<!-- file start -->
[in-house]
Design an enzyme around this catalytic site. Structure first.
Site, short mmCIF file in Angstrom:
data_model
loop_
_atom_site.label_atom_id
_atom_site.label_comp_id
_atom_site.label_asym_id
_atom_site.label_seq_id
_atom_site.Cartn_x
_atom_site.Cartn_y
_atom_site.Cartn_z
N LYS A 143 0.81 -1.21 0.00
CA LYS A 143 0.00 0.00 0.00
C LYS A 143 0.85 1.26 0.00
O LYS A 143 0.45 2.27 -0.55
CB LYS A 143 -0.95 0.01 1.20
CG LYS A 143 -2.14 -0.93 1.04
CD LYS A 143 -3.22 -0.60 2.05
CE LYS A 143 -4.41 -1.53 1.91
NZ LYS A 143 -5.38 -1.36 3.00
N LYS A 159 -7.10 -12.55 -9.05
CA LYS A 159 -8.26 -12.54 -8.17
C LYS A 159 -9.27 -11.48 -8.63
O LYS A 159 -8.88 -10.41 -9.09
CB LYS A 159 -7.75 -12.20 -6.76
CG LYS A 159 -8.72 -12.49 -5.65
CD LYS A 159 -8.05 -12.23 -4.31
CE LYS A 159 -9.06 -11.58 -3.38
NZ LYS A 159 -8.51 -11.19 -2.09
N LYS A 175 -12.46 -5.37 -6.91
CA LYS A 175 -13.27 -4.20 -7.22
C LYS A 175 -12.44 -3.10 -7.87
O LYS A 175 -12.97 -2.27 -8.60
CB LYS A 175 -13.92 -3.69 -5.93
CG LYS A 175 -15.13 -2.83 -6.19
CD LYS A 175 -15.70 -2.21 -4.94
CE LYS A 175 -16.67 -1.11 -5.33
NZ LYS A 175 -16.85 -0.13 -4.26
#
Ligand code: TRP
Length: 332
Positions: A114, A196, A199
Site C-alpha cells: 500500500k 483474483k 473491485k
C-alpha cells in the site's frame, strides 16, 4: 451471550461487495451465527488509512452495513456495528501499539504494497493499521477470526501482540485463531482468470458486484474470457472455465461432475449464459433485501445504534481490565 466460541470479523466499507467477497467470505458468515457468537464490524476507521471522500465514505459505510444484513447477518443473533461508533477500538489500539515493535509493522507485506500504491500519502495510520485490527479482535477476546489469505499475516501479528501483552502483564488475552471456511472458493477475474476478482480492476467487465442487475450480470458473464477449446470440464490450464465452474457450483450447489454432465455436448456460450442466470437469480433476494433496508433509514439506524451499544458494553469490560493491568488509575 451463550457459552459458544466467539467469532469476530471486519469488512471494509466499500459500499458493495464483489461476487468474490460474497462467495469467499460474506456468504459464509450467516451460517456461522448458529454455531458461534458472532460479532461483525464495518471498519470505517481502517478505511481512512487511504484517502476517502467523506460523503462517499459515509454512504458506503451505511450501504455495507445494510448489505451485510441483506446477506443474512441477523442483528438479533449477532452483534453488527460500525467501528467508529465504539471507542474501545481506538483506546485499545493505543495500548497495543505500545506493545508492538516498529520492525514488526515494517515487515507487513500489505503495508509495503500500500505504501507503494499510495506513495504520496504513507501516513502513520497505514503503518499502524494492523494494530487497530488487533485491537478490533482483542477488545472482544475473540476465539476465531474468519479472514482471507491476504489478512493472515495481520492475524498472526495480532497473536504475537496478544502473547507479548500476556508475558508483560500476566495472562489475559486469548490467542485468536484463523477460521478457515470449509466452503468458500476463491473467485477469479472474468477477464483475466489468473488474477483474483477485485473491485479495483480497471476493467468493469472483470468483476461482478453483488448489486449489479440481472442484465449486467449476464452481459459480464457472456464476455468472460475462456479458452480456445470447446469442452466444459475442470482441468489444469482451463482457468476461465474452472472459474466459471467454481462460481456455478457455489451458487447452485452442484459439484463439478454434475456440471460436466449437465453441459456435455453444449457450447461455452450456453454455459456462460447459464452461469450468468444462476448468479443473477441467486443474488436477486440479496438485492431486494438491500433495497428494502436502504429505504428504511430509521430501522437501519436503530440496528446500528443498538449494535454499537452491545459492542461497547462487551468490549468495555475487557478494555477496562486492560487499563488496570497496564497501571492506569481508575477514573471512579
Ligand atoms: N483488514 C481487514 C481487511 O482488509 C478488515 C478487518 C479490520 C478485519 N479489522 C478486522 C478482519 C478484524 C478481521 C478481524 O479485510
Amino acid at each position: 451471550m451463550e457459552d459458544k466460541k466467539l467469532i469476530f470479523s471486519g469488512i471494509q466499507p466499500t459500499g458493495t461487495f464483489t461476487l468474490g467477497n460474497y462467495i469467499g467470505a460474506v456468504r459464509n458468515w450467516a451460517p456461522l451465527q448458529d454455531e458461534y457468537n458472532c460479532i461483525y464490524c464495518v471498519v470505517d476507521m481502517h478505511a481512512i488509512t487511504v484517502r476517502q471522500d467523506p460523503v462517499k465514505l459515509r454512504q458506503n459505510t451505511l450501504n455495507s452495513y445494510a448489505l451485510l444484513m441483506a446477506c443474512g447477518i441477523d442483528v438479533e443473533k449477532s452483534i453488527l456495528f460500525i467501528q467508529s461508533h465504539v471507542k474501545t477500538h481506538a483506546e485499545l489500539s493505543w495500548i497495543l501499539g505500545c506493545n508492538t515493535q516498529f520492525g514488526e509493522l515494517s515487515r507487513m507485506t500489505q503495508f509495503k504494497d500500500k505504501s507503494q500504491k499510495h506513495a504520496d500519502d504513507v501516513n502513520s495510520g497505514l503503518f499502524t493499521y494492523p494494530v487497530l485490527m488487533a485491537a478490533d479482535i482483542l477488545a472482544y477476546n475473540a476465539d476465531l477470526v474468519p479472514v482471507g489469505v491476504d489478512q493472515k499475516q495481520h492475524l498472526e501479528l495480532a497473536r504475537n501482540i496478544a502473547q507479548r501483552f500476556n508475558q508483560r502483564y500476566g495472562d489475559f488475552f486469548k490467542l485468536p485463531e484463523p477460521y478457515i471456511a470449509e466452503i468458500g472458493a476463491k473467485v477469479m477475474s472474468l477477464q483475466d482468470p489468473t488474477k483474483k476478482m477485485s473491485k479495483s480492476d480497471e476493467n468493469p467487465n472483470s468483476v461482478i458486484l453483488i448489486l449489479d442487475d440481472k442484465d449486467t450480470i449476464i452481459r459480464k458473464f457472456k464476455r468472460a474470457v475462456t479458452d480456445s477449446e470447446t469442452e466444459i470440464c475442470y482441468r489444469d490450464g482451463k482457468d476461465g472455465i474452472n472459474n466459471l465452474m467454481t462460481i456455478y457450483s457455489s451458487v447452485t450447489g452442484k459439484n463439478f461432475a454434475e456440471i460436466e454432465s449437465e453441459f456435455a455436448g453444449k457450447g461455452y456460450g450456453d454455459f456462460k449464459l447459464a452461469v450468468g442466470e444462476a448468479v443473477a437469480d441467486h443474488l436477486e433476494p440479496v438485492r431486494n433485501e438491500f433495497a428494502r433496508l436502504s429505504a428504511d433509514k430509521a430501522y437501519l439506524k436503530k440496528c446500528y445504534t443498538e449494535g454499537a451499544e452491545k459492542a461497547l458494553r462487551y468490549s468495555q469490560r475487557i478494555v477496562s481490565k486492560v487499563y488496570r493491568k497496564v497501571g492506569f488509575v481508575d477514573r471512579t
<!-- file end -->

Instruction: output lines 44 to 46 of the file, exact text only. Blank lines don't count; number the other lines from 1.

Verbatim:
Site C-alpha cells: 500500500k 483474483k 473491485k
C-alpha cells in the site's frame, strides 16, 4: 451471550461487495451465527488509512452495513456495528501499539504494497493499521477470526501482540485463531482468470458486484474470457472455465461432475449464459433485501445504534481490565 466460541470479523466499507467477497467470505458468515457468537464490524476507521471522500465514505459505510444484513447477518443473533461508533477500538489500539515493535509493522507485506500504491500519502495510520485490527479482535477476546489469505499475516501479528501483552502483564488475552471456511472458493477475474476478482480492476467487465442487475450480470458473464477449446470440464490450464465452474457450483450447489454432465455436448456460450442466470437469480433476494433496508433509514439506524451499544458494553469490560493491568488509575 451463550457459552459458544466467539467469532469476530471486519469488512471494509466499500459500499458493495464483489461476487468474490460474497462467495469467499460474506456468504459464509450467516451460517456461522448458529454455531458461534458472532460479532461483525464495518471498519470505517481502517478505511481512512487511504484517502476517502467523506460523503462517499459515509454512504458506503451505511450501504455495507445494510448489505451485510441483506446477506443474512441477523442483528438479533449477532452483534453488527460500525467501528467508529465504539471507542474501545481506538483506546485499545493505543495500548497495543505500545506493545508492538516498529520492525514488526515494517515487515507487513500489505503495508509495503500500500505504501507503494499510495506513495504520496504513507501516513502513520497505514503503518499502524494492523494494530487497530488487533485491537478490533482483542477488545472482544475473540476465539476465531474468519479472514482471507491476504489478512493472515495481520492475524498472526495480532497473536504475537496478544502473547507479548500476556508475558508483560500476566495472562489475559486469548490467542485468536484463523477460521478457515470449509466452503468458500476463491473467485477469479472474468477477464483475466489468473488474477483474483477485485473491485479495483480497471476493467468493469472483470468483476461482478453483488448489486449489479440481472442484465449486467449476464452481459459480464457472456464476455468472460475462456479458452480456445470447446469442452466444459475442470482441468489444469482451463482457468476461465474452472472459474466459471467454481462460481456455478457455489451458487447452485452442484459439484463439478454434475456440471460436466449437465453441459456435455453444449457450447461455452450456453454455459456462460447459464452461469450468468444462476448468479443473477441467486443474488436477486440479496438485492431486494438491500433495497428494502436502504429505504428504511430509521430501522437501519436503530440496528446500528443498538449494535454499537452491545459492542461497547462487551468490549468495555475487557478494555477496562486492560487499563488496570497496564497501571492506569481508575477514573471512579
Ligand atoms: N483488514 C481487514 C481487511 O482488509 C478488515 C478487518 C479490520 C478485519 N479489522 C478486522 C478482519 C478484524 C478481521 C478481524 O479485510